Awesome Hidden Gems in Lightroom: Improving Vegetation in Landscapes

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  By Julian
Awesome Hidden Gems in Lightroom: Improving Vegetation in Landscapes

Hello, and welcome to part 3, I take it you’re ready to learn some cool new things for Lightroom, well in this Tutorial you certainly will so let’s get going and have a look at the next Image I’m going to be Editing.

One thing that I want to add here is that this gem is only for Lightroom 5.5 above as this is the model this gem was introduced into.

For this Tutorial you are going to be needing an image that is sort of similar to my image below, so what we’re looking for in the image is to have a nice sky available in it to edit on.

Ok so by now I hope you are very familiar with the Graduated Filter because that’s what we are going to be using again for this Tutorial, so go ahead a grab that tool again.

Now click just below your image and drag out a Gradient sort of similar to what I have below, you don’t have to be 100% perfect with this.

Once you’ve done that then click on your Exposure slider and drag it to the left a little to darken the image somewhat, you should notice the image darken at the top.

You can also mess up the other sliders just like I have below.

So for this I just increased everything in the slider below to the Defringe slider, I slide those all to the right, the only one that I slide slightly to the left was the Saturation slider.

Ok so you should have something pretty close to what I have above, this is not set in stone, it is only again as in the previous Tutorials supposed to simulate a botched editing job or at the very least an over-enthusiastic editing job.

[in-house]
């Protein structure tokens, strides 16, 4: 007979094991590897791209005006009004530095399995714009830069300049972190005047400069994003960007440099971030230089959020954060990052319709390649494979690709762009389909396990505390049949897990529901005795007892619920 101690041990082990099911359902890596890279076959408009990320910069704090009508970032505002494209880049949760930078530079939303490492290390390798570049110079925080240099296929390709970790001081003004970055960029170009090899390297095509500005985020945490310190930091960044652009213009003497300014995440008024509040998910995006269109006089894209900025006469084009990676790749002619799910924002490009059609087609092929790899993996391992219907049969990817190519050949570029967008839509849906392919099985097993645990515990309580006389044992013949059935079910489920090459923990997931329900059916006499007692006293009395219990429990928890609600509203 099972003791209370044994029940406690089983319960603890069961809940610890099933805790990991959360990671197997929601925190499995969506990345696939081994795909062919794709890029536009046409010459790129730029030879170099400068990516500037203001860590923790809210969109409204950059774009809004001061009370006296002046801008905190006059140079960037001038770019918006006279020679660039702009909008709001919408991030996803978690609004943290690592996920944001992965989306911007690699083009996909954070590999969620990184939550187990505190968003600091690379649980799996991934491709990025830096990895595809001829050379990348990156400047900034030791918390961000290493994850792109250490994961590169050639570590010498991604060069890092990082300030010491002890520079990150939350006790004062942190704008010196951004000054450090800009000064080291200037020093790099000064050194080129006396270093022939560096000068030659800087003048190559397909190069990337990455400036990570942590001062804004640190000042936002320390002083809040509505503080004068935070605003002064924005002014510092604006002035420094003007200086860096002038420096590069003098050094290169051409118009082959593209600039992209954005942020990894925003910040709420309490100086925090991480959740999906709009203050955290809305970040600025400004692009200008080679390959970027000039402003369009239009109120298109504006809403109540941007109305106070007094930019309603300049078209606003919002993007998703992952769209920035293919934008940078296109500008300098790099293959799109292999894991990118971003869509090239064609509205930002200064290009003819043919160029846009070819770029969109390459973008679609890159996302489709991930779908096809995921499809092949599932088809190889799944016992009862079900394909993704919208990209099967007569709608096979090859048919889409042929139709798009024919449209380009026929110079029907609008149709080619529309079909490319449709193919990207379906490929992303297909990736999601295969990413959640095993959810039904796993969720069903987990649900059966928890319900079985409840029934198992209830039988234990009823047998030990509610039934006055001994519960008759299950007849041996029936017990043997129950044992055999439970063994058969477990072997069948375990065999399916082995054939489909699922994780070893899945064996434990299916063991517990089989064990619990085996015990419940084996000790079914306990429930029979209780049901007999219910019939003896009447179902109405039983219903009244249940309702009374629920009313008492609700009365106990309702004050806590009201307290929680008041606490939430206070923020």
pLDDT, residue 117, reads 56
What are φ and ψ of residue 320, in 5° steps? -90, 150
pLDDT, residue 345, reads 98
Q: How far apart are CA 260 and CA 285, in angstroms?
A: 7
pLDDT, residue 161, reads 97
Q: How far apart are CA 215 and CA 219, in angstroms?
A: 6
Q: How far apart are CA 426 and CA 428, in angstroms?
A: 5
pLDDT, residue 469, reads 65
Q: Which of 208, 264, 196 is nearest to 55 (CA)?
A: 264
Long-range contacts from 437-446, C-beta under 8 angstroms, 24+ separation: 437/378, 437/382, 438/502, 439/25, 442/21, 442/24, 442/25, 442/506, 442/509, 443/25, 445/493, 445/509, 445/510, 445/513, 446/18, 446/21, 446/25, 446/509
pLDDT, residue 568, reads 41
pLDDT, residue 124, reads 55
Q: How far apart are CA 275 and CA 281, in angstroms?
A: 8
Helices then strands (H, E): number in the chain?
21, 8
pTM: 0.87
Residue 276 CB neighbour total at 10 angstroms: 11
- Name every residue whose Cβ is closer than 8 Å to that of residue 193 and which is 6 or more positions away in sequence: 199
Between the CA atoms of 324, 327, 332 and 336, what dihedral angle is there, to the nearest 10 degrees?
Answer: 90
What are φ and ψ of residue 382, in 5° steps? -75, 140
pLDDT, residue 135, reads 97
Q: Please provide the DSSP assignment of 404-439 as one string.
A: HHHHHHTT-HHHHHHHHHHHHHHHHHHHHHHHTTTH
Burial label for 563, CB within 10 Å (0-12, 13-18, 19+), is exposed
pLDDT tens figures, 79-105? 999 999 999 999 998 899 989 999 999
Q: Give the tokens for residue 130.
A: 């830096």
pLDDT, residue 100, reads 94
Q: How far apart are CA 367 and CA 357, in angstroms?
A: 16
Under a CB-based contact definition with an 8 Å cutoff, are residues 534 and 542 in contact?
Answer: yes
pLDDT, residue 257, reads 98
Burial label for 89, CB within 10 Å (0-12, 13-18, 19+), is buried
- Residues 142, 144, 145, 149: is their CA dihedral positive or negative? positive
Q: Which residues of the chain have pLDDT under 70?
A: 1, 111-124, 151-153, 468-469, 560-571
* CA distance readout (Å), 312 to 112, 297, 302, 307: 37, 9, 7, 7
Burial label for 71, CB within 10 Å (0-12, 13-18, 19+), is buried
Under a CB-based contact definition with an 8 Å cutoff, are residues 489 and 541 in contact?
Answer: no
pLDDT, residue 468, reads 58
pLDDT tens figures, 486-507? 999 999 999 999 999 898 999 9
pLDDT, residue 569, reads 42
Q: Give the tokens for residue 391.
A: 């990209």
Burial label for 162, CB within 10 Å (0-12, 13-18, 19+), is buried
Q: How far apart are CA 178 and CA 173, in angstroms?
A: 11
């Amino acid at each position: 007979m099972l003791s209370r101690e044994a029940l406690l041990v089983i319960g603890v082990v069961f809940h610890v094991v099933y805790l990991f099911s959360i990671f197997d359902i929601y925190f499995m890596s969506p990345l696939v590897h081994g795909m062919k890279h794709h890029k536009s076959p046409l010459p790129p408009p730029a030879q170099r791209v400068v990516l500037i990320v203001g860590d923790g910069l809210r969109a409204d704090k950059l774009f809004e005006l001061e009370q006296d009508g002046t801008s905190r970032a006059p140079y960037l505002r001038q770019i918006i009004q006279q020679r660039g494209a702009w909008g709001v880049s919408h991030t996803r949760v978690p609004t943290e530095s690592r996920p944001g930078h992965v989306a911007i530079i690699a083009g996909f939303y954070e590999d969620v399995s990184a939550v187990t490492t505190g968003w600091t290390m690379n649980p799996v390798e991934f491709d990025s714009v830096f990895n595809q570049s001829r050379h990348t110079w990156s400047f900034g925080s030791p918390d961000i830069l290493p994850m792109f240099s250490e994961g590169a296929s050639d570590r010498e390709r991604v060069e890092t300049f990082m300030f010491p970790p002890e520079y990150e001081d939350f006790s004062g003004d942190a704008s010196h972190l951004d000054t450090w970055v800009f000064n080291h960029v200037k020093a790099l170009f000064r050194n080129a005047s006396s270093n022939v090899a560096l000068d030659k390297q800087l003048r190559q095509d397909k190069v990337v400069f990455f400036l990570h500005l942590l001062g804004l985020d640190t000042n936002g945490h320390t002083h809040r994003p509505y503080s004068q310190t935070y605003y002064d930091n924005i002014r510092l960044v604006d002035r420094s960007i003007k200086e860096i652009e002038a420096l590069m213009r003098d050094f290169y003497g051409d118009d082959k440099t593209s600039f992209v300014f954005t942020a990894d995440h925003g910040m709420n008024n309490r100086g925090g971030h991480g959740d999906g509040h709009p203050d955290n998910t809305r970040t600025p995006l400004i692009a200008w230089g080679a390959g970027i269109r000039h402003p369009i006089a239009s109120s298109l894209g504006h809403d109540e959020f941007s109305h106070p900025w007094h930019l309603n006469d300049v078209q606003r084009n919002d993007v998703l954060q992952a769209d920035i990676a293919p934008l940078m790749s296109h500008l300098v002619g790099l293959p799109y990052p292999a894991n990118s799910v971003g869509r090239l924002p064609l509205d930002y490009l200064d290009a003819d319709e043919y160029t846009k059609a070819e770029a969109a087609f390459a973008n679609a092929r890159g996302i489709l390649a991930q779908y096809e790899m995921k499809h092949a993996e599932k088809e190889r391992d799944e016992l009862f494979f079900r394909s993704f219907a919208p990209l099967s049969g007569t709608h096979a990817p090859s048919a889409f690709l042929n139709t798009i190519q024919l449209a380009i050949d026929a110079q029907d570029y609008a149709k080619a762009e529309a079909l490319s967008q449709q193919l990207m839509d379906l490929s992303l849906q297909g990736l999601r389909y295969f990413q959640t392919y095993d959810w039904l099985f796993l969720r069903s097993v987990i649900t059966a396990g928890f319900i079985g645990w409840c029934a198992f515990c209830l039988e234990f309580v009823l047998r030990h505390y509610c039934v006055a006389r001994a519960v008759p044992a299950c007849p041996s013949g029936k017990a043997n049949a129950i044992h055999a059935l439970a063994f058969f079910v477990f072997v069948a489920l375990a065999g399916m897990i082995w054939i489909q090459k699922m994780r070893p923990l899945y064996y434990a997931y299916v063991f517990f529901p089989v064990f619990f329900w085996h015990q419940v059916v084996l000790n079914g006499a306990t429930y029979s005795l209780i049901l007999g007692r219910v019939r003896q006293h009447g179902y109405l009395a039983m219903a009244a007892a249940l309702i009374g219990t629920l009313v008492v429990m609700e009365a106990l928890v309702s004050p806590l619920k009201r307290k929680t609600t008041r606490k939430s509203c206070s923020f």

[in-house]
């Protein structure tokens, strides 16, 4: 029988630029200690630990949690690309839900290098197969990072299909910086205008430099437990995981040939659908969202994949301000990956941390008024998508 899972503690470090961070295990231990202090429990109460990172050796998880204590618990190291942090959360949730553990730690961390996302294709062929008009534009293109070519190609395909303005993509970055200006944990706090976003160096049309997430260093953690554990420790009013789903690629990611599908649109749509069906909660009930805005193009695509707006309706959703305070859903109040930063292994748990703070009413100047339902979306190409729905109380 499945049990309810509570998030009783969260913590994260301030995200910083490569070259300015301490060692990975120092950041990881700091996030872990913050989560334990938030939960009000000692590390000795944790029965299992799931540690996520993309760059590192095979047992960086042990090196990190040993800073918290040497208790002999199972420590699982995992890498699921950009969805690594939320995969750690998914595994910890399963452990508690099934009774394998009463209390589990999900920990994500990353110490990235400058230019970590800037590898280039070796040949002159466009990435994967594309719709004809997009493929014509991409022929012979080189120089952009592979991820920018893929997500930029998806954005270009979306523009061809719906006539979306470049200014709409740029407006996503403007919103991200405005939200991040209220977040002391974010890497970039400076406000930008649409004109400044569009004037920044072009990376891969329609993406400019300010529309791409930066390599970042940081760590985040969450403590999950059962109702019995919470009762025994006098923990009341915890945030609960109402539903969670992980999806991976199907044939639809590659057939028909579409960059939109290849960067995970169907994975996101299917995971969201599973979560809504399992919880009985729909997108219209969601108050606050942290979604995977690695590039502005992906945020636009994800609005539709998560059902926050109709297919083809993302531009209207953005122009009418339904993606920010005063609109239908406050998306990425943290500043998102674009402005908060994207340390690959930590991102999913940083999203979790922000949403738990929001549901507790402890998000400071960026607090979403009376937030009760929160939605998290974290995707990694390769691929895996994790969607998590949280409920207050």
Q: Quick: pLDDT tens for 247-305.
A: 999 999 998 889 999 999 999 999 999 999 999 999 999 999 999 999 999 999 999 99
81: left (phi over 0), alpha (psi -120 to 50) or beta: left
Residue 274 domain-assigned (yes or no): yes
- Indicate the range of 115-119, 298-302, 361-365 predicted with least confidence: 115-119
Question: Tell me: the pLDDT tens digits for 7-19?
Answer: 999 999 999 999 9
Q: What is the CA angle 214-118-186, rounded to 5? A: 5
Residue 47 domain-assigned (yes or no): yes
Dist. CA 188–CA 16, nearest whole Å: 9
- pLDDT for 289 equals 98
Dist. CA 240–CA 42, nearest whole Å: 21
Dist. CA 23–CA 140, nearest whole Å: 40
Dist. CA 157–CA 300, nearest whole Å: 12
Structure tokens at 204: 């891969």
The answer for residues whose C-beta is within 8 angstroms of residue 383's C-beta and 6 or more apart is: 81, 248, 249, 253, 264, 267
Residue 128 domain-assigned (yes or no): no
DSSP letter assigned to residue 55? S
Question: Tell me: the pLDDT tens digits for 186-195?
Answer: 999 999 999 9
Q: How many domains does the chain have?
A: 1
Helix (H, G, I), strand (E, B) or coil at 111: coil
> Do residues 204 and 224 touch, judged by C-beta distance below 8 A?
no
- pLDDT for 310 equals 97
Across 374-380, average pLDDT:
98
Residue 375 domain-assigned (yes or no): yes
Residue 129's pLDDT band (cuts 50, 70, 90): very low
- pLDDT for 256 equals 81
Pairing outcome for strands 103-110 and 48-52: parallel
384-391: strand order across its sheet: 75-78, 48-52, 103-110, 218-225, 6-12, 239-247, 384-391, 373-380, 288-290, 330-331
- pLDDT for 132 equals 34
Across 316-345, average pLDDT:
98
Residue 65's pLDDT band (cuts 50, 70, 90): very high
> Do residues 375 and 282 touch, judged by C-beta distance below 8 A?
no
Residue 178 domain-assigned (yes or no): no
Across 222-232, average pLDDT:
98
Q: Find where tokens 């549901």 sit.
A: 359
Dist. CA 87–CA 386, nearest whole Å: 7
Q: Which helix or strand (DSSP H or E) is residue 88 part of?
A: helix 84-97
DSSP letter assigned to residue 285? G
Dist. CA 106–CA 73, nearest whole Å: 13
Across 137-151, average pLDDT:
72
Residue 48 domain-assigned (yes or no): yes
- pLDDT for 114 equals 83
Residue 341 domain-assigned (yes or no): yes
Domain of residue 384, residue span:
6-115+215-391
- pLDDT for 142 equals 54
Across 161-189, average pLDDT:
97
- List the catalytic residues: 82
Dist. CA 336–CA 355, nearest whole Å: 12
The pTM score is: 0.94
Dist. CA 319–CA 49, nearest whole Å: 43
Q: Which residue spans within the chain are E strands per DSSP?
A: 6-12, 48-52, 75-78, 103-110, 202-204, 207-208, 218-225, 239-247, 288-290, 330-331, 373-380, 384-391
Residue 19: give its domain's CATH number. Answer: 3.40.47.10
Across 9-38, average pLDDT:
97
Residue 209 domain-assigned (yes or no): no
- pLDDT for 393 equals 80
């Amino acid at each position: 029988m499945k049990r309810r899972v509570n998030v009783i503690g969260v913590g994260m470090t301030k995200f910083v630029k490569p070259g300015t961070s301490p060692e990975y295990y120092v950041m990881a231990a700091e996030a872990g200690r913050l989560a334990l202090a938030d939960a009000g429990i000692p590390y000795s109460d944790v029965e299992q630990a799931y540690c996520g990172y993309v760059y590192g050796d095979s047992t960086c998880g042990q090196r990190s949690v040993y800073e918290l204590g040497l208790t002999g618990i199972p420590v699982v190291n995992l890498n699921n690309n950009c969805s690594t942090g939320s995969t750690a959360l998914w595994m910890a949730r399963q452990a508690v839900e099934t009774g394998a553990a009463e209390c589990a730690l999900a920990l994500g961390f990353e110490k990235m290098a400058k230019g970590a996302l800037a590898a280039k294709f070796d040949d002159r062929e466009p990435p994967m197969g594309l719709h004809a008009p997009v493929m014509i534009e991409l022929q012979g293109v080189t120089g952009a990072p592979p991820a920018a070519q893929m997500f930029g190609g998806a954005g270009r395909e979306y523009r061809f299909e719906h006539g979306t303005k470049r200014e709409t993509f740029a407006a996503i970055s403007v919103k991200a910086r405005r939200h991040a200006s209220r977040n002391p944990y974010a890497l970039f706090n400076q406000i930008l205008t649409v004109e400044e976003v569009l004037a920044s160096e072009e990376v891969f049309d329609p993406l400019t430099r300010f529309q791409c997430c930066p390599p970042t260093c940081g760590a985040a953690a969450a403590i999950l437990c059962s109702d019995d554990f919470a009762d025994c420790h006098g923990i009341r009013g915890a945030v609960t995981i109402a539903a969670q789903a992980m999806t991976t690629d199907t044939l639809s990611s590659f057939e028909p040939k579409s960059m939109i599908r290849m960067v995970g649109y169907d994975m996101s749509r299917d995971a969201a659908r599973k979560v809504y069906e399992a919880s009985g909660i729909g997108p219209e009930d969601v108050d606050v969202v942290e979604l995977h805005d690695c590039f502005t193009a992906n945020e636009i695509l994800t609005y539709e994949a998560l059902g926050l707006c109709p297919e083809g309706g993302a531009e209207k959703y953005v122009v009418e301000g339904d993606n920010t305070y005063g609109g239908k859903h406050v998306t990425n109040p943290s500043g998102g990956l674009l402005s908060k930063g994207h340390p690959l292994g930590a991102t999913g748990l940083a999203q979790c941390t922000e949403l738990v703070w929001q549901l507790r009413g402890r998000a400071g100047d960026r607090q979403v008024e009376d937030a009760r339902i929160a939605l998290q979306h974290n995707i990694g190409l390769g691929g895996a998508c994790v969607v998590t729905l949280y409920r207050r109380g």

What has happened here is that I edited the sky the way I wanted it to be but the Graduated Filter has also covered over the trees to the right of my image etc too which has sucked the colour right out of the image, unfortunately.

But there is a way to fix this, if you look in the panel you will see where it says Mask *New *Edit *Brush 

So click on the [where it says Brush] and you will now see that a small panel has just appeared below your sliders.

You will see that it says Brush: A B and Erase.

Ok so go ahead and click on erase, now bare in mind that this is not going to erase your image, it is just going to erase the Graduated Filter.

You will see that there is a few sliders below where you clicked Erase, don’t worry about the size slider because you can change this at anytime during the edit buy clicking on the bracket keys on your keyboard.

Feather I would have set at full but it really depends on what you are editing, you may need less Feather and a sharper brush so adjust this as per the situation.

Flow just leave as is until I wanted to start to blend, I would have this at max most of the time but I would reduce it as I blended around the edges to soften them down a little because even with full Feather added you can sometimes get a bit of a sharp edge which will stand out and we defiantly don’t want this.

Before you start to edit you can hit the letter (O) on your keyboard so that you can see the mask, so click on (O) now and you will see the red mask filter that now covers where your Gradient is.

Now using the Brush and what I explained you can start to paint over the areas on for example your trees where you see the red, as you do this you will no doubt need to change up the settings such as size etc for your Brush.

Remember to reduce the Flow so you can soften those edges.

And when you are done you can hit (O) again to get rid of the red mask over your image and your image should be looking pretty good.

Next up and last is Part 4 coming soon.

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Graduated from college in 2002 with a degree in Art & Design, I started exploring my way in Graphic Design and Professional Post Production. Full-time freelancer since 2011.

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